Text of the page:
"The winds of change have crossed the Alps", said Italy's Deputy Premier Luigi Di Maio after he met a senior figure in France's Gilets Jaunes, 'yellow vest' movement on Tuesday, which could increase tensions between Italy and France.
Di Maio, who heads the populist Five Star Movement, showed his support for the protest group in defiance of President Emmanuel Macron and ahead of the European Parliament elections in May.
France warned Di Maio against interfering in the country's politics on Wednesday.
"This new provocation is unacceptable between neighbouring countries and partners at the heart of the EU," the French foreign ministry said.
The deputy premier posted a photo after holding talks near Paris with Christophe Chalencon, a leftist 'yellow vest' organiser from the south of France. Alessandro Di Battista, an influential Five Star leader also attended.
"Today with @aledibattista we went to France and met the leader of the yellow vests Cristophe [sic] Chalencon and the candidates in the European elections for the RIC list of Ingrid Levavasseur," Di Maio wrote.
He added: "This is the souvenir photo of this beautiful meeting, the first of many, where we talked about our countries, social rights, environment and direct democracy. The winds of change have crossed the Alps. I repeat. The wind of change has crossed the Alps."
Two of the other main 'yellow vest' organisers, who sway to the right side of politics, Maxime Nicolle and Eric Drouet, told Italy's Ansa news agency they were not contacted by Di Maio.
"I can tell you that neither I, nor Eric Drouet, nor Priscilla Ludosky has been contacted. If it is confirmed, you should know that this is an autonomous initiative of a politicised party that does not represent the 'yellow vest' movement," Nicolle said. "Our movement is strictly apolitical and does not intend to present itself to the Europeans. If Di Maio calls me, I won't even pick up the phone."
The visit comes in the run-up to the European elections, where Di Maio is trying to shore up support from other European allies.
Di Maio is "making himself the left-wing populist movement alternative as Deputy Prime Minister Matteo Salvini is appealing to the populist right across Europe", said Catherine Fieschi, Executive Director of the Counterpoint political science consultancy.
Tuesday's meeting was not the first time Di Maio has backed the 'yellow vests'. Last month he gave his support to the movement and has repeatedly come into blows with Emmanuel Macron over migration and Italy's budget.
The divided group
The 'yellow vest' movement has held 12 weekends of protests against Macron's government and two weeks ago announced it was making the leap into party politics by announcing a roster of candidates for the European Parliament elections.
But with no official leader, there are deep divisions within the group.
Part of the movement does not want to go down the mainstream party political route, others see politics as a way to get things done, and some want the 'yellow vests' to have their own identity in politics. However, there is unity on some fronts.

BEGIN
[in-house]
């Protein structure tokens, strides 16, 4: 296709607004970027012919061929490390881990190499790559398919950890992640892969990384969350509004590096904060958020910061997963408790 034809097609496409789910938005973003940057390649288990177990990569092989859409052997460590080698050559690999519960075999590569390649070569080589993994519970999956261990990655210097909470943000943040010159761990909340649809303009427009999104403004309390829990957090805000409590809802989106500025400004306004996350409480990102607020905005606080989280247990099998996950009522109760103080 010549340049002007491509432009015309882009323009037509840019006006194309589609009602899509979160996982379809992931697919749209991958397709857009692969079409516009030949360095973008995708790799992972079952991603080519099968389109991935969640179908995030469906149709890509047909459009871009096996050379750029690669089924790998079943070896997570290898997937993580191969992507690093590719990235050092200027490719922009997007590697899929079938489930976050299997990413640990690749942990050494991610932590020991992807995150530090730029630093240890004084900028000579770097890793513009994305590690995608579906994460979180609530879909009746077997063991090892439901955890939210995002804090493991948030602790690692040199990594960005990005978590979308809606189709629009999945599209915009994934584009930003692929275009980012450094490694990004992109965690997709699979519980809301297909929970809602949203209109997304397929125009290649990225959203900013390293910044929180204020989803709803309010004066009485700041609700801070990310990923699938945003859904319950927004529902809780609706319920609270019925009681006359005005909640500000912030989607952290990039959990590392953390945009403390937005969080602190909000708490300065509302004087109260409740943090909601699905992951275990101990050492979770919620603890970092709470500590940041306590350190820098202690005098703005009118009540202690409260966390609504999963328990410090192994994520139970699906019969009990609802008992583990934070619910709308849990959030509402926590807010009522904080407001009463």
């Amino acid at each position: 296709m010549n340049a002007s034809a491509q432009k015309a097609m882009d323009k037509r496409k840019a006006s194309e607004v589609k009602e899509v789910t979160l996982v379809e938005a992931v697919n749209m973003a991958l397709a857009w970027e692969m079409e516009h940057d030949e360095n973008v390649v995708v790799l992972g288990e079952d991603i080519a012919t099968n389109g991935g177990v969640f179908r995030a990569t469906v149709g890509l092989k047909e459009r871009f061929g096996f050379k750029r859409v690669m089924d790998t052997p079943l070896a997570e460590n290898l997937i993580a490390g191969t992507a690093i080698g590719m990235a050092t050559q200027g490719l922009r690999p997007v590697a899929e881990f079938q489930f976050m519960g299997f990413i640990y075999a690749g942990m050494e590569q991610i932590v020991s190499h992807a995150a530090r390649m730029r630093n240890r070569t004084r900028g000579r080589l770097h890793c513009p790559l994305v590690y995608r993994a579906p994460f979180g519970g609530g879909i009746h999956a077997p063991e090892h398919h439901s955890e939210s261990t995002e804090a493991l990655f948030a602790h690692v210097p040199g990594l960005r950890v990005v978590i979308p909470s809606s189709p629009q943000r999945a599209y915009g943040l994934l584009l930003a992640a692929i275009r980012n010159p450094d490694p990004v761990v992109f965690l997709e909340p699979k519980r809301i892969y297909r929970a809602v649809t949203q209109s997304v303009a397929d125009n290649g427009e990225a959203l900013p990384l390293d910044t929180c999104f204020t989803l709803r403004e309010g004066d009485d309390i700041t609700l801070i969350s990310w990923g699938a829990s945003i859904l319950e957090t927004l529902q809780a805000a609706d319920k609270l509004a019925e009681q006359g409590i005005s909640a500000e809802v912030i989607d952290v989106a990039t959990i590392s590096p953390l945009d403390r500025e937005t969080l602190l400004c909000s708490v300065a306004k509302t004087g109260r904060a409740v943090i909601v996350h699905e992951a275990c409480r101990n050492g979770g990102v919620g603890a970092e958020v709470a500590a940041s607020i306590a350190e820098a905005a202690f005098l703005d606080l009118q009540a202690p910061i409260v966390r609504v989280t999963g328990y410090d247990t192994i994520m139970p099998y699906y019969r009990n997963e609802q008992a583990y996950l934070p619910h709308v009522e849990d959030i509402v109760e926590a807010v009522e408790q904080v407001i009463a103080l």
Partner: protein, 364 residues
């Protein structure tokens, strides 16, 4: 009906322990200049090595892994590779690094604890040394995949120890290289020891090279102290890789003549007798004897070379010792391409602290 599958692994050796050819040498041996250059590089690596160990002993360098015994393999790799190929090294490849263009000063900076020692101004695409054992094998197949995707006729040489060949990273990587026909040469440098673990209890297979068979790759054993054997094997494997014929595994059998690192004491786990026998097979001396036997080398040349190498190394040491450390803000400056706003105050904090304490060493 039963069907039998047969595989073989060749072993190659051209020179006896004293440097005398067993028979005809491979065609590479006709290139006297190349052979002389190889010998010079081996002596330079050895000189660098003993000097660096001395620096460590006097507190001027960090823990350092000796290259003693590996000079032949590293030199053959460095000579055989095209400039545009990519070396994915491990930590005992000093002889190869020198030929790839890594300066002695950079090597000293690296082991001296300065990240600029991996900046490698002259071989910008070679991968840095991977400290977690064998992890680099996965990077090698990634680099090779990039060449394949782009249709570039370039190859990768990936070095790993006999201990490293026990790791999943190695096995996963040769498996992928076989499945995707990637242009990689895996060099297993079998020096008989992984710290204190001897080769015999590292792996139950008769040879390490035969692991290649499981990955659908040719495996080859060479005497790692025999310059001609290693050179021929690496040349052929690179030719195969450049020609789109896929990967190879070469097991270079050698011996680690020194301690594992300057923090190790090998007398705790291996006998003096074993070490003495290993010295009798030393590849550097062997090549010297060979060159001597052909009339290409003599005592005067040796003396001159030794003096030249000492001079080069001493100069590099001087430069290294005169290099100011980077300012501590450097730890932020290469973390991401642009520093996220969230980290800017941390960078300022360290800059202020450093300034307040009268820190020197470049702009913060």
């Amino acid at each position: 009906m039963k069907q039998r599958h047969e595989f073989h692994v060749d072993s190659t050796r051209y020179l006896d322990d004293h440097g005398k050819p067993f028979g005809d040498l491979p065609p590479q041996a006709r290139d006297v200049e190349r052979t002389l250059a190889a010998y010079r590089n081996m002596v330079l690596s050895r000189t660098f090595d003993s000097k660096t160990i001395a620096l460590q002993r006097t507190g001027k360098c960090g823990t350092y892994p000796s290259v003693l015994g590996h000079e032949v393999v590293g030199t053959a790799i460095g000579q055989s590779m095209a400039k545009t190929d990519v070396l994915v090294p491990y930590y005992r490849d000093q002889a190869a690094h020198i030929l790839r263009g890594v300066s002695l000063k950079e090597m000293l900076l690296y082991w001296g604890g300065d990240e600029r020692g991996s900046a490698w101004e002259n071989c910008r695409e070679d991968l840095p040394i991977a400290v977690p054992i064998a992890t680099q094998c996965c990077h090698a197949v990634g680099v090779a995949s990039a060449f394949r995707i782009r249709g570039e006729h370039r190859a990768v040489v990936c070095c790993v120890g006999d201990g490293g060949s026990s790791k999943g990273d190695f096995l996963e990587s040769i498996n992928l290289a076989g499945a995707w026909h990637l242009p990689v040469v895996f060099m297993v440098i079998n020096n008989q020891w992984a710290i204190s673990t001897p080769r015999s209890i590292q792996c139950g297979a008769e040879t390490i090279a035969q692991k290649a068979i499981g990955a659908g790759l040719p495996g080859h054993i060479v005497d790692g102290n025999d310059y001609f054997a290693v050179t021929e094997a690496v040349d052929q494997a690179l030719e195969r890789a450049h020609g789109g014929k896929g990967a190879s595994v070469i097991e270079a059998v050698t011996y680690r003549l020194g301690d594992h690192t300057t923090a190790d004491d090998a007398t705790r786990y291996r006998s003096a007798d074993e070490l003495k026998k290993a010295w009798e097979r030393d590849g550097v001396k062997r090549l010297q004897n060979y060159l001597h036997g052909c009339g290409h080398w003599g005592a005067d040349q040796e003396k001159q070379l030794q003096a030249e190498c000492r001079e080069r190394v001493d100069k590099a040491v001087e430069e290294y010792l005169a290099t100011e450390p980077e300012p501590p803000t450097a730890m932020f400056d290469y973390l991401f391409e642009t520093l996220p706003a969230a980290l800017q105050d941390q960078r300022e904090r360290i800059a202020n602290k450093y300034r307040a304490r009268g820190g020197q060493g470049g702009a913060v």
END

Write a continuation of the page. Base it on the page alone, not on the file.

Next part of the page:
Fieschi said: "It's not a young movement and not particularly diverse, it's a very white group of people who work and are in [the] squeezed middle class.
"Many are untrusting of mainstream politics, which is why they are verbally violent against the political class and most have not cast a ballot [in previous elections]."
France's populist appeal to the movement
France's far-right leader Marine Le Pen appealed to the movement in January when her National Rally Party launched its campaign for the European Parliament election.
France's far-left leader Jean-Luc Melenchon has also expressed his sympathy for the 'yellow vests' and called for their support.
The likelihood of the divided yellow vests supporting either of those parties is "quite low but some may already support Le Pen or Melenchon", said Fieschi.
She added: "Melenchon has not succeeded in bringing these people onside as they think he's a buffoon and see him as vain and self-interested."
But for France's populist parties on the right and left, the 'yellow vests' present an opportunity for them to show they are not in mainstream politics and shows they are "in touch with the people", according to Fieschi.
The threat to Macron
The 'yellow vest' protests have at times been violent and have proved a political thorn in President Macron's side.
"It certainly made the government panic, but not in a catastrophic way that said he [Macron] was dead and over," said Fieschi.
She argues that in the European elections, the 'yellow vests' may actually help Macron as their election bid will not take votes from his party, but instead from Le Pen's or Melenchon's.
"Macron will want as many "yellow vest" lists as possible," Fieschi said.
A survey last month by Elabe showed that a 'yellow vest' party could receive 13% of the vote, which would extend Macron's La Republique en Marche party and would knock three points of Le Pen's National Rally and 1.5 off Melenchon's France Unbowed.
Adding "if the European elections were held this Sunday, they'd get 12-13% of the vote, which isn't insignificant and more than Melenchon".